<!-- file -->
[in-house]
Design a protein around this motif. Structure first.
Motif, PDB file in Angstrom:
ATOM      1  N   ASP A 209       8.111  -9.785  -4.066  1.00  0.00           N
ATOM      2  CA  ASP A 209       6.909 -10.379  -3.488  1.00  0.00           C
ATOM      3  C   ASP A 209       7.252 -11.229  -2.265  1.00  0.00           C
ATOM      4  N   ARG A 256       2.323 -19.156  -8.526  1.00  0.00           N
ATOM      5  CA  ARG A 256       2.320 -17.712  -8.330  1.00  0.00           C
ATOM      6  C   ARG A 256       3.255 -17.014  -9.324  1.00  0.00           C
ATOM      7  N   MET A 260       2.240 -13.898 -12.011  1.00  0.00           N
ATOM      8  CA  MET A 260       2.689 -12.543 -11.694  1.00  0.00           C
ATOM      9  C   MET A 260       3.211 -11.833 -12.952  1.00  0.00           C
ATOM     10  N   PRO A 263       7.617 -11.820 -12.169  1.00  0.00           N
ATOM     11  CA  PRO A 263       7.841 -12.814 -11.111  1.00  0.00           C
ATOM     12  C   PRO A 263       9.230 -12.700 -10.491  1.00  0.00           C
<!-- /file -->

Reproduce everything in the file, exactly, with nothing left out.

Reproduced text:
[in-house]
Design a protein around this motif. Structure first.
Motif, PDB file in Angstrom:
ATOM      1  N   ASP A 209       8.111  -9.785  -4.066  1.00  0.00           N
ATOM      2  CA  ASP A 209       6.909 -10.379  -3.488  1.00  0.00           C
ATOM      3  C   ASP A 209       7.252 -11.229  -2.265  1.00  0.00           C
ATOM      4  N   ARG A 256       2.323 -19.156  -8.526  1.00  0.00           N
ATOM      5  CA  ARG A 256       2.320 -17.712  -8.330  1.00  0.00           C
ATOM      6  C   ARG A 256       3.255 -17.014  -9.324  1.00  0.00           C
ATOM      7  N   MET A 260       2.240 -13.898 -12.011  1.00  0.00           N
ATOM      8  CA  MET A 260       2.689 -12.543 -11.694  1.00  0.00           C
ATOM      9  C   MET A 260       3.211 -11.833 -12.952  1.00  0.00           C
ATOM     10  N   PRO A 263       7.617 -11.820 -12.169  1.00  0.00           N
ATOM     11  CA  PRO A 263       7.841 -12.814 -11.111  1.00  0.00           C
ATOM     12  C   PRO A 263       9.230 -12.700 -10.491  1.00  0.00           C